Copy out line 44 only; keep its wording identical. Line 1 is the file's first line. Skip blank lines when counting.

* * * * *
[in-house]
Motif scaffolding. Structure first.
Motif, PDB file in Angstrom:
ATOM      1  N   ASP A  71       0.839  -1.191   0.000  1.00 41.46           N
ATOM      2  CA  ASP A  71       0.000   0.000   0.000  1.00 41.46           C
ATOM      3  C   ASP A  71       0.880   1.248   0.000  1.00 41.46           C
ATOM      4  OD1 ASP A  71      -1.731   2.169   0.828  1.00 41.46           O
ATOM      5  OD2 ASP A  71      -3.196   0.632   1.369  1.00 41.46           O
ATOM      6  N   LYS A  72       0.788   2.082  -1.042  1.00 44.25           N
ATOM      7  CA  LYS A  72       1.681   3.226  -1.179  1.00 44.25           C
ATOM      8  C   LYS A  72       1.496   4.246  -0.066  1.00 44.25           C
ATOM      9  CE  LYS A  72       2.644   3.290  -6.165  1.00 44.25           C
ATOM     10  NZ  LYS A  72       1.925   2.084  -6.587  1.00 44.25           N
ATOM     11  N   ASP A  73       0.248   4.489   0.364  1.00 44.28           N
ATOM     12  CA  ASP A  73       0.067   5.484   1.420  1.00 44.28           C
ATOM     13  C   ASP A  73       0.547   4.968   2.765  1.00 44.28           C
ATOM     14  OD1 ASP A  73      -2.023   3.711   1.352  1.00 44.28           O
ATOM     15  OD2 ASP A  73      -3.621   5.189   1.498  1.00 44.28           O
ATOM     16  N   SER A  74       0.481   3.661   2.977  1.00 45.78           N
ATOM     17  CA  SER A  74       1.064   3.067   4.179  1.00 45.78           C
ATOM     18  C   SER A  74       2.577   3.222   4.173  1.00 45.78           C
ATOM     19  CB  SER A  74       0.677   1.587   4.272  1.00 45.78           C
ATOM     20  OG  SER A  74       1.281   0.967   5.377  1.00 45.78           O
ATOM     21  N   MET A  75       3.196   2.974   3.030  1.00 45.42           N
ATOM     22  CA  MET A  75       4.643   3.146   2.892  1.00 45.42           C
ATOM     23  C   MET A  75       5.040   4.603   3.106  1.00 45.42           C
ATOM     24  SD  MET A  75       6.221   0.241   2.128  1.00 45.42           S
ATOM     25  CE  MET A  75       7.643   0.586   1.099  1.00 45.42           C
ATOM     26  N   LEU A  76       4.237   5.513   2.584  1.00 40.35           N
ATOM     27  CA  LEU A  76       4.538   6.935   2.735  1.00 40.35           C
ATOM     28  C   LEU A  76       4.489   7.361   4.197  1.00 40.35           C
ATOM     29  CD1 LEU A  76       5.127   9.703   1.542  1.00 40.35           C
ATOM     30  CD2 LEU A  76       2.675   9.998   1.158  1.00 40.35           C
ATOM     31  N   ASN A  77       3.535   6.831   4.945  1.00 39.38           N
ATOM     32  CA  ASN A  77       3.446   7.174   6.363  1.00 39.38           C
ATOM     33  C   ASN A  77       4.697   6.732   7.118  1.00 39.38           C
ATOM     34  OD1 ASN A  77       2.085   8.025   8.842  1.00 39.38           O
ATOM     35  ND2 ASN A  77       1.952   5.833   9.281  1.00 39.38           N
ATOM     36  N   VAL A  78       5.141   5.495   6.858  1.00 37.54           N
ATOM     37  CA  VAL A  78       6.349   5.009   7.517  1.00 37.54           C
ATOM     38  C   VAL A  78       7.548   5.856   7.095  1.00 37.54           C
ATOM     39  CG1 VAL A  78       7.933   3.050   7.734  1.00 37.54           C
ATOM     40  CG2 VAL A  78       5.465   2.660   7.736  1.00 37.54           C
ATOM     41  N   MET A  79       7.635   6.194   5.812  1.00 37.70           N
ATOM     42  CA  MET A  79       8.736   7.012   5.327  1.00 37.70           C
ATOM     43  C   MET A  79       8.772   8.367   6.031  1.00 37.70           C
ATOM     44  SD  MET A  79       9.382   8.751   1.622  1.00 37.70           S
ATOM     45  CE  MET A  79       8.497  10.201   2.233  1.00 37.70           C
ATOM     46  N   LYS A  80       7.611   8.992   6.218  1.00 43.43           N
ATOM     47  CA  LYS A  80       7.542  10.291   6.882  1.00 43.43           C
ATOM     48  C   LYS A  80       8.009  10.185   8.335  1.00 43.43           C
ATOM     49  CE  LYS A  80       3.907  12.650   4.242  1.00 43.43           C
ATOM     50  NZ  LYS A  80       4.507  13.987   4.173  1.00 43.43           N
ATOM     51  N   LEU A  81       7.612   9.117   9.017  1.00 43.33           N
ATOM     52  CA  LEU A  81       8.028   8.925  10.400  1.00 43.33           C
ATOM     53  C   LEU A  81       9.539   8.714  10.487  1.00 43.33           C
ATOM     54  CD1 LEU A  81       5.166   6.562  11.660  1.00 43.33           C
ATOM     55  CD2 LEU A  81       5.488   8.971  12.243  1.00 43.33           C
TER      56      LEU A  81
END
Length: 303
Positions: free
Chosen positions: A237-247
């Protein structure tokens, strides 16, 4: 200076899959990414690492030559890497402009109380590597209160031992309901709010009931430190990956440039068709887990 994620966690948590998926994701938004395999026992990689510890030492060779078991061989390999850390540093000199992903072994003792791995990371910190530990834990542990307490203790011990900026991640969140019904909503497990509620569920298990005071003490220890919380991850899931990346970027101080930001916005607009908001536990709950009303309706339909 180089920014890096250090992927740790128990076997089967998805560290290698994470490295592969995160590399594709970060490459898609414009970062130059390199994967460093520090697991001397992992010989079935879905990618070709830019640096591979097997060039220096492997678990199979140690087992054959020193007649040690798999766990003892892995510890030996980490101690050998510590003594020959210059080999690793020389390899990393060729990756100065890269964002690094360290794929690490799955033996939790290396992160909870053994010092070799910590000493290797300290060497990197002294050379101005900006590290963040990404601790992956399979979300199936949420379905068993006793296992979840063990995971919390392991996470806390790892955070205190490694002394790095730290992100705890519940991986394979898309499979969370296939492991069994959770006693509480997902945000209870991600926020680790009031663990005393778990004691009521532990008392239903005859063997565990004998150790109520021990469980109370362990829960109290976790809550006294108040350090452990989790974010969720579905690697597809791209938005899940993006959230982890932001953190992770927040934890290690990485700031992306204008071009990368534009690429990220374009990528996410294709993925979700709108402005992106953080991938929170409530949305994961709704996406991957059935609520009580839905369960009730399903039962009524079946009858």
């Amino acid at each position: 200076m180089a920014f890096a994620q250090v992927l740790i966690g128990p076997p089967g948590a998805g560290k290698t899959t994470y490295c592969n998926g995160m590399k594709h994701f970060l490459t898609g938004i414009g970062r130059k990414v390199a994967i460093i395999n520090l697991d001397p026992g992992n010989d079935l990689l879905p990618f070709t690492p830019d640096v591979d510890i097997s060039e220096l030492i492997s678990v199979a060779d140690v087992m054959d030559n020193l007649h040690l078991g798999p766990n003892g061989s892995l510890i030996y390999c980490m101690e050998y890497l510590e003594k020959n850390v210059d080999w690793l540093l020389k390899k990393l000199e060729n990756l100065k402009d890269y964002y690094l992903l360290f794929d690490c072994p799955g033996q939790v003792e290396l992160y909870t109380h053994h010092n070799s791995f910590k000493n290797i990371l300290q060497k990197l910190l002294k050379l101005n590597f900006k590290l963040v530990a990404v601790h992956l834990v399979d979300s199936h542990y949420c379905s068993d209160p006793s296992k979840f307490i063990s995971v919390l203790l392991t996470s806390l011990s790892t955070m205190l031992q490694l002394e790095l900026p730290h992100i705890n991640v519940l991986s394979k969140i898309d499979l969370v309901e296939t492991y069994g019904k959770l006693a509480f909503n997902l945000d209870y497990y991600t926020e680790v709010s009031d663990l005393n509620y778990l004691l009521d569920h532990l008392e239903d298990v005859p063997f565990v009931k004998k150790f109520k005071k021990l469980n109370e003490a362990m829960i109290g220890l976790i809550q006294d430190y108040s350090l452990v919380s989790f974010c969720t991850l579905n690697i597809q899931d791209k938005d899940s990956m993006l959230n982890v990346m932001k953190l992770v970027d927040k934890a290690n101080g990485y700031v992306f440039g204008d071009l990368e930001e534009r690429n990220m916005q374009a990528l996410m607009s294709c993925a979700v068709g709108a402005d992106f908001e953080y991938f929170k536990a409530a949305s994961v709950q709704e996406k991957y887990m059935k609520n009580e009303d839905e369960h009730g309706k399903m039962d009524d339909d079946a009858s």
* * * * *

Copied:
ATOM     41  N   MET A  79       7.635   6.194   5.812  1.00 37.70           N